But is there not a problem of donating an item to a shul etc?

            The Mechaber writes [10] that one may not dedicate an item to the Beis Hamikdash on Shabbos, [11] and the MB explains that the issur involved is that it is similar to buying and selling. This is because dedicating () an item to the Beis Hamikdash automatically activates the transaction and the dedicated item becomes the property of the Beis Hamikdash.

            The same would apply to donating an item to a shul then, would it not?

            Yes and no.  The Magen Avraham [12] says that (according to the Beis Yosef) it is prohibited to donate a specific item to a shul on Shabbos because it is similar to dedicating an item to the Beis Hamikdash.

He continues however that the Kol Bo says that one may donate an item to shul, and the Magan Avraham explains the difference between donating to the Beis Hamikdash and to shul saying that an item belonging to the Beis Hamikdash belongs only to the Beis Hamikdash and therefore dedicating an item to hekdesh (the property of the Beis Hamikdash) involves a complete transaction, whereas an item belonging to a shul belongs to the public as well and therefore when dedicating an item to a shul one has not accomplished a complete transaction being that the donor still owns a share in the item (together with the rest of Am Yisroel).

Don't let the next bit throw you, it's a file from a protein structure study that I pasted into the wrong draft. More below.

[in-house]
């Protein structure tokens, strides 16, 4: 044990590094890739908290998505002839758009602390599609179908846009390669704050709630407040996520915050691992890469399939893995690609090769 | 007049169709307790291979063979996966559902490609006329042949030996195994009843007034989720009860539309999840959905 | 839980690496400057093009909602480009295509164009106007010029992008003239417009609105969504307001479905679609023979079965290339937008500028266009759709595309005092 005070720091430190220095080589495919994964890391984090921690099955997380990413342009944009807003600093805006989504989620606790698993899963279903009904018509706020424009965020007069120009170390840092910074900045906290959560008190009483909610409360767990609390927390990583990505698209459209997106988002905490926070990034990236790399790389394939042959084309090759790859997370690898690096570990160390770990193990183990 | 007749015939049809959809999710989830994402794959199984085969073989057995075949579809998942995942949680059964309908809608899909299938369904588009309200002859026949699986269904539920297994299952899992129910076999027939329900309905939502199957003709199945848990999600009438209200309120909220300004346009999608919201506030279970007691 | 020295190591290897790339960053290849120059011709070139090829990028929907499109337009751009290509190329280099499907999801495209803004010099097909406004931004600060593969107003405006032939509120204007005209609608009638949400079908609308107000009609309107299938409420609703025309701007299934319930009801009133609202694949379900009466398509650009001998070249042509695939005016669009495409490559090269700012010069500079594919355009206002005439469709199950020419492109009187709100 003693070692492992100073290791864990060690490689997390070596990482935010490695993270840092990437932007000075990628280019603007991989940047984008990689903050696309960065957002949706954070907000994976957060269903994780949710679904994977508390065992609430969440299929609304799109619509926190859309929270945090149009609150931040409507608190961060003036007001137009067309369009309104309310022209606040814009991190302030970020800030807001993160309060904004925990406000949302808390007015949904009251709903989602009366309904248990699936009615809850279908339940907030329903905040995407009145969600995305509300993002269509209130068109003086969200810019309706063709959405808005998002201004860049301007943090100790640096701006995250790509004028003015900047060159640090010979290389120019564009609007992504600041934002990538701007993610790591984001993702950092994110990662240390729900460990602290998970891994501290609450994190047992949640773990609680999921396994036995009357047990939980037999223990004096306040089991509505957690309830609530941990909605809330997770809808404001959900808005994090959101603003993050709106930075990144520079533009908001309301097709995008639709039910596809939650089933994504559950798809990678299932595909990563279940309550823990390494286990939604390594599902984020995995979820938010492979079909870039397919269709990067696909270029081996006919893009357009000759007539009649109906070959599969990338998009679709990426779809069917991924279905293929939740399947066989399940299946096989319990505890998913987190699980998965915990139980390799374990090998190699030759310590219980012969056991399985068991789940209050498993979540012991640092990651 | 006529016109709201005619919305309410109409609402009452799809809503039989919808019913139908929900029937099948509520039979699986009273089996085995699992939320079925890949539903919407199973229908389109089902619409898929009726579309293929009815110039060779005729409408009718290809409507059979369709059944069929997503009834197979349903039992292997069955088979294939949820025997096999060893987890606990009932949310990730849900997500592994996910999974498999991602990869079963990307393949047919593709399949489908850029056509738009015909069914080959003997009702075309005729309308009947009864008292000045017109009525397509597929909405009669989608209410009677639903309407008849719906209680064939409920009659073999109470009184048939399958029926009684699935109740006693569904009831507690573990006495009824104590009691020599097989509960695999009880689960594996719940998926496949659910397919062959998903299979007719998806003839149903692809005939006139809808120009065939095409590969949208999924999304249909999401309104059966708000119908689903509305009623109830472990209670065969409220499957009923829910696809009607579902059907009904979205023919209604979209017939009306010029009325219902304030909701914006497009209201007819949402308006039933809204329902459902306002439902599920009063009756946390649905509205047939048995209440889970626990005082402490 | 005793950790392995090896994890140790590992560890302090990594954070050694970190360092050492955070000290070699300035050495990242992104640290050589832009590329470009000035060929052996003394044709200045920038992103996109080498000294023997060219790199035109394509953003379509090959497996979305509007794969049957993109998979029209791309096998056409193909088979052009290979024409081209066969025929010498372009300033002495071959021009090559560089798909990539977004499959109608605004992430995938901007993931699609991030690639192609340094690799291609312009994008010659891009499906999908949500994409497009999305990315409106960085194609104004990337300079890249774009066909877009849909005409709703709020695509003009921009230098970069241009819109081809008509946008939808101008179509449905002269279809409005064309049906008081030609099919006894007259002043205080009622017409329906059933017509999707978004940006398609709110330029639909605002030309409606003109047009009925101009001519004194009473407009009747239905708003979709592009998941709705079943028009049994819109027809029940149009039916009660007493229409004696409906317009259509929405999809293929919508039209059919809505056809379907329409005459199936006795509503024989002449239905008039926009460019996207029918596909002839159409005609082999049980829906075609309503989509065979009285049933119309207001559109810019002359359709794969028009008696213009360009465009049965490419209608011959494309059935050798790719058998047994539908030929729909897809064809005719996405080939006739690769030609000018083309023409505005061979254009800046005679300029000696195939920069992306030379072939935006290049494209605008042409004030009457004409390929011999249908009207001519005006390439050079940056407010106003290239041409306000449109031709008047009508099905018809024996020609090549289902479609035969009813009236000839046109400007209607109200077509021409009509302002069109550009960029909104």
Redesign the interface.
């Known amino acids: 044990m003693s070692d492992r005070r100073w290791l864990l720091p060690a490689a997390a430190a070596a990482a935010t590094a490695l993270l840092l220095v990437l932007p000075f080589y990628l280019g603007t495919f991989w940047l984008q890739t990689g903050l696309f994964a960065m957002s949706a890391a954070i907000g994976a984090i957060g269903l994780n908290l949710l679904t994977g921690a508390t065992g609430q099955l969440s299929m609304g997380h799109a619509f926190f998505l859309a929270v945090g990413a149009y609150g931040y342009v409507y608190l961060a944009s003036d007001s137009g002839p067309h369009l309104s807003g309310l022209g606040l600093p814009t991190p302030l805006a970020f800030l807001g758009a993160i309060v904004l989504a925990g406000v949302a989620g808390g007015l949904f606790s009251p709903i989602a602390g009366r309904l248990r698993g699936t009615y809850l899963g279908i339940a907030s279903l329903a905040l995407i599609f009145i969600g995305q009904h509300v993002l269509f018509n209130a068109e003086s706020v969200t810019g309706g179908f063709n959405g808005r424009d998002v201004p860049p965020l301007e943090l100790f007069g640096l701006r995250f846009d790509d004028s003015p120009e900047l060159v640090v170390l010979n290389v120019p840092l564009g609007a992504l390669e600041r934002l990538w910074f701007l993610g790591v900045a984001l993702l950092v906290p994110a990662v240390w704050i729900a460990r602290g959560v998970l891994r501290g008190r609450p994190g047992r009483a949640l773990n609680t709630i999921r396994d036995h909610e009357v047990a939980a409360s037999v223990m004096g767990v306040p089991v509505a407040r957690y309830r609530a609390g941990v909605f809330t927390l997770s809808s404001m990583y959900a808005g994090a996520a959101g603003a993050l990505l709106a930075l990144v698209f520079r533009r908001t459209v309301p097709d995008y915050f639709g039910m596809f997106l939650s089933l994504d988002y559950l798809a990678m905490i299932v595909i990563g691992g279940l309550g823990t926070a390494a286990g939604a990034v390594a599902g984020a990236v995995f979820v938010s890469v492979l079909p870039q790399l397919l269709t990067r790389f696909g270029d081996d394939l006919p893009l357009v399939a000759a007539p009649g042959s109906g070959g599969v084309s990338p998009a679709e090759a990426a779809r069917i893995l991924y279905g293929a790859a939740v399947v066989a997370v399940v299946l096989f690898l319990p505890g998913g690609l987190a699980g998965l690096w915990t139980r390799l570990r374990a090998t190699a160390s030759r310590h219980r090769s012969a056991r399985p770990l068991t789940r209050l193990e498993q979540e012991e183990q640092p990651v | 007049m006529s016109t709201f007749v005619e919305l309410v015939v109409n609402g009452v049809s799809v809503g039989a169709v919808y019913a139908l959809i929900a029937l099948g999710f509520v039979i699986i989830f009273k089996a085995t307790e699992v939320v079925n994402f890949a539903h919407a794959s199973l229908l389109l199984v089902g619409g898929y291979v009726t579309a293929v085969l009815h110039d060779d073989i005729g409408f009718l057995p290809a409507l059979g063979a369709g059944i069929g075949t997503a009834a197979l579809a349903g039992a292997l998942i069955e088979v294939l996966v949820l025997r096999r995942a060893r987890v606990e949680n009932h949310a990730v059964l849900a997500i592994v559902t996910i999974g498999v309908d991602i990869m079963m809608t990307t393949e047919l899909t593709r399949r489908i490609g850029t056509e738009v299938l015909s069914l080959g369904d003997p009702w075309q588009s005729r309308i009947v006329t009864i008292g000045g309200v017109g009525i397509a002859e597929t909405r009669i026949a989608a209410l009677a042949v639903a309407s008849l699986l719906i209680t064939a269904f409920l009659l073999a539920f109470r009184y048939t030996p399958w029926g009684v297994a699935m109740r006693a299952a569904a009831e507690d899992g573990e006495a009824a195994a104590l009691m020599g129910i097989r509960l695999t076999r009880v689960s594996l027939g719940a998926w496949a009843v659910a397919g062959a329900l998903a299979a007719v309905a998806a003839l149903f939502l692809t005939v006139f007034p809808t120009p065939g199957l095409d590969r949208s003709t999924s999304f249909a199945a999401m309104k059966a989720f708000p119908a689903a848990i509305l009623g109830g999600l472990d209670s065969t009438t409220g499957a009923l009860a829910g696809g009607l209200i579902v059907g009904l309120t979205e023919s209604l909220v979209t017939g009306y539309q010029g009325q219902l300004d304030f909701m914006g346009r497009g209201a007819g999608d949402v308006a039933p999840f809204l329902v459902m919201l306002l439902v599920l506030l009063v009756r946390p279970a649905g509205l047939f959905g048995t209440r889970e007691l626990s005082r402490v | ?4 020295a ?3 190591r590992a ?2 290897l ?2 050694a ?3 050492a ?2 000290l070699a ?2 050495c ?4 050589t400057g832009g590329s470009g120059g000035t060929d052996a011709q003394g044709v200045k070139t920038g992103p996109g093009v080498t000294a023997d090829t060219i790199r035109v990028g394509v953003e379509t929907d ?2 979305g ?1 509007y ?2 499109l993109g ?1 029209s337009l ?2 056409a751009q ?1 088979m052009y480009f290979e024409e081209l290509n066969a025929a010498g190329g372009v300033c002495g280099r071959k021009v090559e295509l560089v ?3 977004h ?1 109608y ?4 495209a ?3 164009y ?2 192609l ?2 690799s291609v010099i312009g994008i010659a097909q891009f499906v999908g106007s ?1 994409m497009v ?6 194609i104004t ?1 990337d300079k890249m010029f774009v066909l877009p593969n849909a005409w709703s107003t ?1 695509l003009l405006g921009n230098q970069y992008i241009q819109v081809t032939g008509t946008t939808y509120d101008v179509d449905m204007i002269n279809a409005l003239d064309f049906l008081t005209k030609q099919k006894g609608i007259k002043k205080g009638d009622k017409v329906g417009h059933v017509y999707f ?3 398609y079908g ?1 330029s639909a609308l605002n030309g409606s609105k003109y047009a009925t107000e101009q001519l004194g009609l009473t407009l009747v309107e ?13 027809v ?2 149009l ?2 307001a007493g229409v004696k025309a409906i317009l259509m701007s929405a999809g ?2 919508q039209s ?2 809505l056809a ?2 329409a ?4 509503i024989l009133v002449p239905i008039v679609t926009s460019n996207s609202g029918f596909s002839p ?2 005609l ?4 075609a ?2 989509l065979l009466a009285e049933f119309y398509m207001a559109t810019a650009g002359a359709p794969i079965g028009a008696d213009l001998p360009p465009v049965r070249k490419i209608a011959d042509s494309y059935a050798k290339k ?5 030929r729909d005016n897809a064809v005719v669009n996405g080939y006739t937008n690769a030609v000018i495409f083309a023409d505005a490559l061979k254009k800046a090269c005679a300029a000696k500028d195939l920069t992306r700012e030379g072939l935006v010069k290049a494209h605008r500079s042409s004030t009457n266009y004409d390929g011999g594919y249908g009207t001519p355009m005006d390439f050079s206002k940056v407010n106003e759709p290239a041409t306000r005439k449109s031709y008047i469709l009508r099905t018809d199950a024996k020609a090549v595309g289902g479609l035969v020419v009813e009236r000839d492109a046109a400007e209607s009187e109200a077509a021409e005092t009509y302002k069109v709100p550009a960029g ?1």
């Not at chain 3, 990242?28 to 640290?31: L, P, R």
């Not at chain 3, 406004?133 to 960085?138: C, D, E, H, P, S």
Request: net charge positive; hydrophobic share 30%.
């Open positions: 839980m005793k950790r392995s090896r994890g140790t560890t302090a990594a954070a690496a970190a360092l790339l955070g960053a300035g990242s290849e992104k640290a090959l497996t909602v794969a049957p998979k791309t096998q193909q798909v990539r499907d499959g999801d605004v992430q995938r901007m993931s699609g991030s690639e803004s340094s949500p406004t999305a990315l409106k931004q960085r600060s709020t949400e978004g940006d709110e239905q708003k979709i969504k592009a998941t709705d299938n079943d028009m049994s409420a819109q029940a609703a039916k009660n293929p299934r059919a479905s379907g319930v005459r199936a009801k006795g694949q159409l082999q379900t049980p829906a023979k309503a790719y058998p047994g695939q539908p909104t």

Which opinion is the halacha?

            The Shulchan Aruch HaRav [13] writes that people do dedicate items to shul, but he concludes that one should dedicate it before Shabbos and bring it (where there is an eiruv) to shul on Shabbos or declare on Shabbos that it has been donated to the shul. The Mishna Berura reiterates this psak. [14]

            This would not be a problem with money would it?

            This problem does not exist with money or with non-specific items, i.e one may say on Shabbos that he will dedicate a paroches to the shul because one is not dedicating a specific ready-made article. The same applies with money. One may say that one intends donating $100 to the shul because no transaction takes place and mentioning the money is not a problem, as stated, because it is for a tzedakah. [15]

[1] Pay for work done on Shabbos, as explained in the previous shiur.

[2] Simon 306:5

[3] Simon 306:24.

[4] MB 306:23.

[5] Simon 306:24.

[6] PMG MisZ 4.

[7] Who cites the Elya Raba who quotes the Kneses HaGdolah.

[8] See the SSK 28 footnote 147.

[9] Simon 306:6.

[10] Simon 339:4.

[11] The Mechaber says ( ), but I find it hard to translate that word.

[12] Simon 306:11.

[13] Simon 306:14.

[14] MB simon 306:27

[15] MB simon 306:27.



Orchos Chaim LaRosh 

, . It is interesting to note that in the second paragraph of Shemone Esre we say , Hashem heals the sick, and in the middle section of Shemone Esre we ask Hashem for refuah, what is the main difference between the berachos? Besides the obvious that the first one is praise and the second a request, there is a major difference how they are expressed. The first one is with joy and relief that one has found the best and most efficient doctor in the world, the second is with a cry please help!!

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Note:  The purpose of this series is intended solely for the clarification of the topics discussed and not to render halachic decisions. It is intended to heighten everyone's awareness of important practical questions which do arise on this topic.  One must consult with a proper halachic authority in order to receive p'sak.